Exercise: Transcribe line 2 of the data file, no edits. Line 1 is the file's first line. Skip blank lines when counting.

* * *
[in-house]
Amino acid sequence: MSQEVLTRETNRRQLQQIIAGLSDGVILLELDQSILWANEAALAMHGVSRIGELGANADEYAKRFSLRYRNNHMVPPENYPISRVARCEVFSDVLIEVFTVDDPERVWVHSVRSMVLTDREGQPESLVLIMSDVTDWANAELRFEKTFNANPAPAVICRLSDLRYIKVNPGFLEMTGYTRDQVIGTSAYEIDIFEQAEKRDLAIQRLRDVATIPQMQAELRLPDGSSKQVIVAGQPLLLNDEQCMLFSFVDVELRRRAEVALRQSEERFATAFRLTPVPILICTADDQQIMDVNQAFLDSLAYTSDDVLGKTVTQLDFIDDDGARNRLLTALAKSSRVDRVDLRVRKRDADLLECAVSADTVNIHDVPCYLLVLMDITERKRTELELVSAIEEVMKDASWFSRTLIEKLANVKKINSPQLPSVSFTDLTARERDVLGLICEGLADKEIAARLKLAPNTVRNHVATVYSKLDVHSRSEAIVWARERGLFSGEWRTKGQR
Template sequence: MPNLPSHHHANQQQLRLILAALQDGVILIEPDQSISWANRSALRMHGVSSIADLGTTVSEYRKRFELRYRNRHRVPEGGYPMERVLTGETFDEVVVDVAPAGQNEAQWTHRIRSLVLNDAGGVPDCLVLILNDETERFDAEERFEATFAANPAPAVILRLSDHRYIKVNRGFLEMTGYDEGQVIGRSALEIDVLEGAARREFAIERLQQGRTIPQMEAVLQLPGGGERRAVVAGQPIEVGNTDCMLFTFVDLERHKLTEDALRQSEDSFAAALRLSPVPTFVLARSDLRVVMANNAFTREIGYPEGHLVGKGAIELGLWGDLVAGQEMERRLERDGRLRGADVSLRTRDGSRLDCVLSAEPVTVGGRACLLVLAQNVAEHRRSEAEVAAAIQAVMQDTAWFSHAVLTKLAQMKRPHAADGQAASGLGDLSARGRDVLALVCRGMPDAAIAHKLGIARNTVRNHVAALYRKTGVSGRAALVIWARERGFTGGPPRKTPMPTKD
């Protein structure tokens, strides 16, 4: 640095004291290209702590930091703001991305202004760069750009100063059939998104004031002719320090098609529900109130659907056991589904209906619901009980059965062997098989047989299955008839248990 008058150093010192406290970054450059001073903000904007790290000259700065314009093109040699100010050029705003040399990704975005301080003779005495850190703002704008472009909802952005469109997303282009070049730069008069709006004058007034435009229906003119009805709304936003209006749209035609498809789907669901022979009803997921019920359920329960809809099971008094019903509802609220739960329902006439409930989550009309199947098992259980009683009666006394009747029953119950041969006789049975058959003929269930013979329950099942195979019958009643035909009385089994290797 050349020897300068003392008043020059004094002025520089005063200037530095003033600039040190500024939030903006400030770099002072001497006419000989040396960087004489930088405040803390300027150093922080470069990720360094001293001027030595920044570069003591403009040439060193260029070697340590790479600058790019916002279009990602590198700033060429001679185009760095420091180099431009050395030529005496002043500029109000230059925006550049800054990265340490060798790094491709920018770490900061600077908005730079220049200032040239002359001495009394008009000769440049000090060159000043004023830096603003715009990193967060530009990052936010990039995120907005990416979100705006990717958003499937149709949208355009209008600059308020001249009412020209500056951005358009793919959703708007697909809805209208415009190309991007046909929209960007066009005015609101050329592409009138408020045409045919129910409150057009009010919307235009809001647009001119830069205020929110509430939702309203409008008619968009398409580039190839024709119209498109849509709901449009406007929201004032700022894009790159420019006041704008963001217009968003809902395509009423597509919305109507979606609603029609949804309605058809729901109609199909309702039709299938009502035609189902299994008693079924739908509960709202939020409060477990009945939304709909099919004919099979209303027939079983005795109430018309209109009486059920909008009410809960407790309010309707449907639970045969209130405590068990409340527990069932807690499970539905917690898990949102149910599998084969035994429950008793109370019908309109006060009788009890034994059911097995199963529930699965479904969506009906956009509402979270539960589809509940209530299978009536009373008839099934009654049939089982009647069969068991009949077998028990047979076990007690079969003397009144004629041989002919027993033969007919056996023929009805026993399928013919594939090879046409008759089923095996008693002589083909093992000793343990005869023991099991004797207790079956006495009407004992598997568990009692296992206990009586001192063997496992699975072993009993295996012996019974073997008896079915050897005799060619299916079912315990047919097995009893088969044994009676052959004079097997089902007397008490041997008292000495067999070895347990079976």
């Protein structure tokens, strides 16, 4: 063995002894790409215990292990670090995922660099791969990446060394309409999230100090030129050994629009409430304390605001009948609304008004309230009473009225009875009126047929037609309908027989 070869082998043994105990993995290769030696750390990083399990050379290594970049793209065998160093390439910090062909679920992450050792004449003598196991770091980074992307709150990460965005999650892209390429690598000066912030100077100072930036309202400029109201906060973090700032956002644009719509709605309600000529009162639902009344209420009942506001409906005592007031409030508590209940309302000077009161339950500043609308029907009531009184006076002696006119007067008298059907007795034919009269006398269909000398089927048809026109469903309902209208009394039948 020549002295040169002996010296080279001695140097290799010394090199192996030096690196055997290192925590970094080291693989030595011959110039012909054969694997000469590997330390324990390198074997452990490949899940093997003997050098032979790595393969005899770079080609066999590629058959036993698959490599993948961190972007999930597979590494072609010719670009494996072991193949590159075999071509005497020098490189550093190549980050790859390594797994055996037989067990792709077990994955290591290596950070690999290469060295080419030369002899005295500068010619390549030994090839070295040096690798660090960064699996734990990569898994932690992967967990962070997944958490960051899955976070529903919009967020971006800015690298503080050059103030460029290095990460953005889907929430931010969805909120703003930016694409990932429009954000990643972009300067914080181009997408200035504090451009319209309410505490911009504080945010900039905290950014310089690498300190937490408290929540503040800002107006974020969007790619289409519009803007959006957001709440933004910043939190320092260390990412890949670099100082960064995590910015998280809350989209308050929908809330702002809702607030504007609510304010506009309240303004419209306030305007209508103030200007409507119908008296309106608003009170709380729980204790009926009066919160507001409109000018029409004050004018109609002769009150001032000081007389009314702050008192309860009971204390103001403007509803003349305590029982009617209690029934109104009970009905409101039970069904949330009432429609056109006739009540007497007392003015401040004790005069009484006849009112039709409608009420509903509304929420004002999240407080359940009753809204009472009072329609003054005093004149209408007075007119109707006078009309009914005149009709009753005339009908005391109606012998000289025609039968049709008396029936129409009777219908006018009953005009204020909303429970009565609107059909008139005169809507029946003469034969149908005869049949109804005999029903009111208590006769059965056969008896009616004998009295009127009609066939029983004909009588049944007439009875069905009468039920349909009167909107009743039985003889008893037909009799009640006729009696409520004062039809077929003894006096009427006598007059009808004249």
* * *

Amino acid sequence: MSQEVLTRETNRRQLQQIIAGLSDGVILLELDQSILWANEAALAMHGVSRIGELGANADEYAKRFSLRYRNNHMVPPENYPISRVARCEVFSDVLIEVFTVDDPERVWVHSVRSMVLTDREGQPESLVLIMSDVTDWANAELRFEKTFNANPAPAVICRLSDLRYIKVNPGFLEMTGYTRDQVIGTSAYEIDIFEQAEKRDLAIQRLRDVATIPQMQAELRLPDGSSKQVIVAGQPLLLNDEQCMLFSFVDVELRRRAEVALRQSEERFATAFRLTPVPILICTADDQQIMDVNQAFLDSLAYTSDDVLGKTVTQLDFIDDDGARNRLLTALAKSSRVDRVDLRVRKRDADLLECAVSADTVNIHDVPCYLLVLMDITERKRTELELVSAIEEVMKDASWFSRTLIEKLANVKKINSPQLPSVSFTDLTARERDVLGLICEGLADKEIAARLKLAPNTVRNHVATVYSKLDVHSRSEAIVWARERGLFSGEWRTKGQR